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If you’re over the age of 70, are pregnant, or have underlying health conditions, then it’s been drummed into you for weeks that you are the most at risk from coronavirus.
But as the death toll across the globe mounts, more and more cases have been reported of young and healthy people succumbing fatally to what, for most, should be a mild illness. How can that happen?
What is a coronavirus?
A coronavirus is actually the general name for a family of viruses that includes Sars-CoV2, the specific virus responsible for current global pandemic known as Covid-19.
Others include the non-lethal common cold, sometimes fatal seasonal flu, and the far more deadly Middle East Respiratory Syndrome (Mers), which has a fatality rate of around 34%.
How do coronaviruses kill people?
All coronaviruses cause similar symptoms – but their severity varies, which accounts for how fatal they can be.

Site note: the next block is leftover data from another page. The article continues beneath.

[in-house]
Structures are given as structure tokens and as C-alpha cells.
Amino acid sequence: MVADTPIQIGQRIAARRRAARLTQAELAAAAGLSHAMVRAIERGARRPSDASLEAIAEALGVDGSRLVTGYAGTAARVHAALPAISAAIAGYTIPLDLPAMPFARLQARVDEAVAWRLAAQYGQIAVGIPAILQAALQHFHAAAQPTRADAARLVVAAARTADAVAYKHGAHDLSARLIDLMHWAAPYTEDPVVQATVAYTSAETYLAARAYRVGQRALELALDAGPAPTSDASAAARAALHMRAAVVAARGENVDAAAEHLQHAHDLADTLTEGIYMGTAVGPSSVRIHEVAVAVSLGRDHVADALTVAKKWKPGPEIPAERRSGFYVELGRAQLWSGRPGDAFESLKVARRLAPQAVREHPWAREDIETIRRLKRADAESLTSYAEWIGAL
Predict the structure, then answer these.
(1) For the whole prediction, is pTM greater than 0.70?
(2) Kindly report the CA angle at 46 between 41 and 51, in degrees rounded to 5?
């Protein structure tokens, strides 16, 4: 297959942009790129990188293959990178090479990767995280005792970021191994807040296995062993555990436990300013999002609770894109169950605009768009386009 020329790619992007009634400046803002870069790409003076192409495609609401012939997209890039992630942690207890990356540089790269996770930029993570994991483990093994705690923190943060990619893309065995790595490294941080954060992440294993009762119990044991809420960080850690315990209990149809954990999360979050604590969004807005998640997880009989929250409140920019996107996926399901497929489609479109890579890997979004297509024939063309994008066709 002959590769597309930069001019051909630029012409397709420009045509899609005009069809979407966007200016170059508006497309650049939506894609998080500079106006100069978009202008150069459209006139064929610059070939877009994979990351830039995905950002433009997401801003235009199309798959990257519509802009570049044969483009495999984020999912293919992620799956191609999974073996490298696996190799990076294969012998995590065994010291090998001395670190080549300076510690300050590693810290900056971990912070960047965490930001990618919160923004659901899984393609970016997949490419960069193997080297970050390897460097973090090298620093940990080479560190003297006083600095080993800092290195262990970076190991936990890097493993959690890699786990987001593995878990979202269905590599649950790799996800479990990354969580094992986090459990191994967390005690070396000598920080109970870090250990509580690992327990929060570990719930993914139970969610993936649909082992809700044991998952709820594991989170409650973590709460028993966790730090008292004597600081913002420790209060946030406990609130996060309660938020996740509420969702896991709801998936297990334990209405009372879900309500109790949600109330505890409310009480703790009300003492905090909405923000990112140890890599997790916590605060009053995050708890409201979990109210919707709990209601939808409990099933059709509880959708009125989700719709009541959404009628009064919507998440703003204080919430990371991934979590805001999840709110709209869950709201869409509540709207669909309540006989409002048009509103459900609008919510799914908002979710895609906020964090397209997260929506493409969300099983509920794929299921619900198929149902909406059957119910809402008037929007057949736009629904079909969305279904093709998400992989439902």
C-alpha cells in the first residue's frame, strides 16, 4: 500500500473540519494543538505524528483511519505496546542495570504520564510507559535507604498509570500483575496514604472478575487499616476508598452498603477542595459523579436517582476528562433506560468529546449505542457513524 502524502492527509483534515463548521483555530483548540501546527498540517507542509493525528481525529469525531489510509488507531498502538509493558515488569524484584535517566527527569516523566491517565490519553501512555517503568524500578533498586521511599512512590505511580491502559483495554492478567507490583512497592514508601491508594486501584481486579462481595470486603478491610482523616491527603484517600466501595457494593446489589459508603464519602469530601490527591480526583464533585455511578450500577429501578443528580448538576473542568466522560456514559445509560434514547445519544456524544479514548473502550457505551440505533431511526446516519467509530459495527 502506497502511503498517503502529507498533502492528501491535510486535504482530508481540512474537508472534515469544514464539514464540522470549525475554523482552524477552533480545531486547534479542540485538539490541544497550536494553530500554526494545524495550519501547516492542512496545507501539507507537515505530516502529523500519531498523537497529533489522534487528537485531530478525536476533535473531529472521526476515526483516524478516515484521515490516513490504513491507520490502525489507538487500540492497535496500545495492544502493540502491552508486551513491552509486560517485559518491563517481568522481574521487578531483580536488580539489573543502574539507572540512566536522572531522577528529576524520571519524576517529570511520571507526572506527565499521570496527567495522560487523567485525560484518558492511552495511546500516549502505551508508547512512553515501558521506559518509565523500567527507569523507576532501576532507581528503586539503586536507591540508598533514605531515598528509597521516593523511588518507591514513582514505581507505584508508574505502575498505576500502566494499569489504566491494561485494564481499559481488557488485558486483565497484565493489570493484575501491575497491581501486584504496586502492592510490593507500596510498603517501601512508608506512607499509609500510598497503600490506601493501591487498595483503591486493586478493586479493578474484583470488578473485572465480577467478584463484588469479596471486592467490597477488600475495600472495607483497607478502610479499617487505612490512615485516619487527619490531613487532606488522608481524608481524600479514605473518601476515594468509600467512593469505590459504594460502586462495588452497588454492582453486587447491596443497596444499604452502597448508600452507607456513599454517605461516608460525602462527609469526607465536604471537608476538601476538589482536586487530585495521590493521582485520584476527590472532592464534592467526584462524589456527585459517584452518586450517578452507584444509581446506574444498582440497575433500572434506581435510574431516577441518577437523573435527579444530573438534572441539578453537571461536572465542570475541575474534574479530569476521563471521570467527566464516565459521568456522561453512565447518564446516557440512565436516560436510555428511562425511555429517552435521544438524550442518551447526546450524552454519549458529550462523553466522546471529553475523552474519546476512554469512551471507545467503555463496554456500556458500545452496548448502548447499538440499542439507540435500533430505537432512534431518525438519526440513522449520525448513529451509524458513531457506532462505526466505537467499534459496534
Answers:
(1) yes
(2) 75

Professor Ravi Gupta, of the Cambridge Institute for Therapeutic Immunology and Infectious Disease, told HuffPost UK: ”The feature they share is respiratory distress syndrome, which is characterised by the lungs filling up with inflamed cells.”
In mild cases, this inflammation can cause a cough and a sore throat, but in severe cases it can escalate, “essentially stopping oxygen from reaching your blood”, Professor Gupta adds.
Even in non-fatal cases, this can still be extremely unpleasant.
At the beginning of March, 29-year-old Daryl Doblados was well enough to run the Cambridge Half Marathon. Just two weeks later he was being rushed to hospital because his lungs felt like they were “filling up with smoke or liquid”.
In a video posted on Facebook, he said: “I struggled to breathe. I’ve never experienced anything like this before.”
What do we actually know about Sars-CoV2?
Very little compared to other coronaviruses. simply because it’s only been around for a few...